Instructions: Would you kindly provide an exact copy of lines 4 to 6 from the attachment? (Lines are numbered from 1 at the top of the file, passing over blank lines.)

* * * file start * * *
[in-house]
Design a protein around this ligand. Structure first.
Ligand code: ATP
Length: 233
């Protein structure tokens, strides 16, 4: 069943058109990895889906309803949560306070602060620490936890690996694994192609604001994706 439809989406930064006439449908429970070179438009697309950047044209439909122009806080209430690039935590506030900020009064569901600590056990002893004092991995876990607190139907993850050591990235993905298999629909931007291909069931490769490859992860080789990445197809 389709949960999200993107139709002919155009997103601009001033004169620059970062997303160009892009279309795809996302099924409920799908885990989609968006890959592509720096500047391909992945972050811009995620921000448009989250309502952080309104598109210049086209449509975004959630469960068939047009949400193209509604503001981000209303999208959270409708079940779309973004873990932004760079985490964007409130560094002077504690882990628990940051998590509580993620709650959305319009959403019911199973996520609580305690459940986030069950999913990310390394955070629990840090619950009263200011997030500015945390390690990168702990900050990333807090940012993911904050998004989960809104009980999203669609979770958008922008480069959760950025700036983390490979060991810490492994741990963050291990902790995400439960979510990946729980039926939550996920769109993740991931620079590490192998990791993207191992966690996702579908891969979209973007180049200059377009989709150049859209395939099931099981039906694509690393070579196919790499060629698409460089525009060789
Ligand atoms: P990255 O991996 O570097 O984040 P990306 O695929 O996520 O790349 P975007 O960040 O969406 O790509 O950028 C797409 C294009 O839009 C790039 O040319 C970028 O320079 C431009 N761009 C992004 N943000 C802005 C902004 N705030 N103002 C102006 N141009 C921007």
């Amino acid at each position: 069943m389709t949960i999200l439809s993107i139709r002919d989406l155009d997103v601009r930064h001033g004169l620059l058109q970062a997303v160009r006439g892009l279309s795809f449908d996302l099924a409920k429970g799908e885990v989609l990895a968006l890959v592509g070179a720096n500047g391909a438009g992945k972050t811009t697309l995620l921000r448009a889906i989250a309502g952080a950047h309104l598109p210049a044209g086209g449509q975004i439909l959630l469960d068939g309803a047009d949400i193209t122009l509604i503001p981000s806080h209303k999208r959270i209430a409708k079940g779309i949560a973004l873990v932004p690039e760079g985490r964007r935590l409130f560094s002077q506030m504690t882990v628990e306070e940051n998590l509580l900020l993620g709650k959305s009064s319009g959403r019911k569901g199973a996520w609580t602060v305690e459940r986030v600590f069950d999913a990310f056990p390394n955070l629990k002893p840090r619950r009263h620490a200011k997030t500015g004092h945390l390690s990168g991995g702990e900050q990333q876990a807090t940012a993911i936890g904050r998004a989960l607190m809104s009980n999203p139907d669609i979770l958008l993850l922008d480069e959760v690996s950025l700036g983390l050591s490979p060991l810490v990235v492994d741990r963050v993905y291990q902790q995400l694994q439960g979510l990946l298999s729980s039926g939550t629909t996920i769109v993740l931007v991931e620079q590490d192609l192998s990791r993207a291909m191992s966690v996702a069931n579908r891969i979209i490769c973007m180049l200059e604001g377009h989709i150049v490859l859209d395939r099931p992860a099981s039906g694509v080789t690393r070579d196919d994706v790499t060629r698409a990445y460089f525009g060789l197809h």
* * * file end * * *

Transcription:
Length: 233
């Protein structure tokens, strides 16, 4: 069943058109990895889906309803949560306070602060620490936890690996694994192609604001994706 439809989406930064006439449908429970070179438009697309950047044209439909122009806080209430690039935590506030900020009064569901600590056990002893004092991995876990607190139907993850050591990235993905298999629909931007291909069931490769490859992860080789990445197809 389709949960999200993107139709002919155009997103601009001033004169620059970062997303160009892009279309795809996302099924409920799908885990989609968006890959592509720096500047391909992945972050811009995620921000448009989250309502952080309104598109210049086209449509975004959630469960068939047009949400193209509604503001981000209303999208959270409708079940779309973004873990932004760079985490964007409130560094002077504690882990628990940051998590509580993620709650959305319009959403019911199973996520609580305690459940986030069950999913990310390394955070629990840090619950009263200011997030500015945390390690990168702990900050990333807090940012993911904050998004989960809104009980999203669609979770958008922008480069959760950025700036983390490979060991810490492994741990963050291990902790995400439960979510990946729980039926939550996920769109993740991931620079590490192998990791993207191992966690996702579908891969979209973007180049200059377009989709150049859209395939099931099981039906694509690393070579196919790499060629698409460089525009060789
Ligand atoms: P990255 O991996 O570097 O984040 P990306 O695929 O996520 O790349 P975007 O960040 O969406 O790509 O950028 C797409 C294009 O839009 C790039 O040319 C970028 O320079 C431009 N761009 C992004 N943000 C802005 C902004 N705030 N103002 C102006 N141009 C921007």